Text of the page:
Serialize(saveFile);

        // clear it out to prove it works
        accounts.Clear();

        Deserialize(saveFile);
    }

    static Account AddAccount(string AccountName, int AccountNumber)
    {
        Account account = new Account();
        account.AccountName = AccountName;
        account.AccountNumber = AccountNumber;
        return account;
    }
}
share|improve this answer
    
Thanks, this looks like the best solution so far. What do you mean by keep in sync with Deserialize/Serialize? As in updating the file when its modified? This function will only be used on application start and exit to save the dict, so could you please clarify that? Otherwise thanks a lot. –  George Dec 22 '09 at 1:59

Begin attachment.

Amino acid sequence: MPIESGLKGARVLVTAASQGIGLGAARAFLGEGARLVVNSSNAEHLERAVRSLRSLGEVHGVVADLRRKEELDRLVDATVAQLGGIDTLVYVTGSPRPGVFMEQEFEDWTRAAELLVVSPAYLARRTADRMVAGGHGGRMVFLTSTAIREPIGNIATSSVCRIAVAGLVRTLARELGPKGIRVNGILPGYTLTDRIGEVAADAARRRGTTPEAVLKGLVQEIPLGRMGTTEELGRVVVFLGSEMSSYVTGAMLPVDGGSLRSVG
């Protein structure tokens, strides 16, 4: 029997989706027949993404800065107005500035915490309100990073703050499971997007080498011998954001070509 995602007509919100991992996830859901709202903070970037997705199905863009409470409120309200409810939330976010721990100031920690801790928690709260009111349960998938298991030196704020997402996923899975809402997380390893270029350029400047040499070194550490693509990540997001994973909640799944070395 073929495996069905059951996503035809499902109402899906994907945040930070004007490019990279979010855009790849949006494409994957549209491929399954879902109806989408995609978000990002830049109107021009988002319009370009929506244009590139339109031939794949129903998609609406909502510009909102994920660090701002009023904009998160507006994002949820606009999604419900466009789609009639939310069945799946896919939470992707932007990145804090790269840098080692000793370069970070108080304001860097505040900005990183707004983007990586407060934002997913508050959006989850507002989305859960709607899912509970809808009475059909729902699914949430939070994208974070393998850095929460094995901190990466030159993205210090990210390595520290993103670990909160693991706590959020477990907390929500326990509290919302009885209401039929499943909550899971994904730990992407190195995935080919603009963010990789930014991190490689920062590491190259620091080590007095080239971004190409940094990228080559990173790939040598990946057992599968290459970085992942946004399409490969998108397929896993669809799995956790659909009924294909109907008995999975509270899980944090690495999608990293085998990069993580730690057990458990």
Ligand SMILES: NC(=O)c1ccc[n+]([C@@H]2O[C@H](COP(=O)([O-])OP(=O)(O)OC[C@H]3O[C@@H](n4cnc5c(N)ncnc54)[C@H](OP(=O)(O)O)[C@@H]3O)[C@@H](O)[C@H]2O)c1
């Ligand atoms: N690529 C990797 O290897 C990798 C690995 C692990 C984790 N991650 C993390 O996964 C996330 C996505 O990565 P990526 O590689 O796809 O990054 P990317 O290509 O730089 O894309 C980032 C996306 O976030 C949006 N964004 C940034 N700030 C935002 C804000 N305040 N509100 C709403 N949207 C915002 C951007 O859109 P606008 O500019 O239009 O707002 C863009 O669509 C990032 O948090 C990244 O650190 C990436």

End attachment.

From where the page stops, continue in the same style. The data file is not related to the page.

After thinking about it for a bit, I've realised it means that the logic for serialising and deserialising should be the same. That is all. –  George Dec 22 '09 at 14:48
    
Yes, that's all it means. So if you add another property to serialize/deserialize, just keep in mind that you have to add code to both the Serialize/Deserialize method, and keep them in the same order. A bit of maintenence, but the performance over Xml serialization is no comparison (several minutes to deserialize using xml, to a couple seconds using BinaryReader, with a few hundred thousand dictionary items). –  GalacticJello Dec 22 '09 at 16:08
    
Thanks this is the perfect solution –  sarath Oct 16 '12 at 5:45

A lot of the answers in this thread attempt to overengineer the solution. If I'm correct, you just want to store user settings.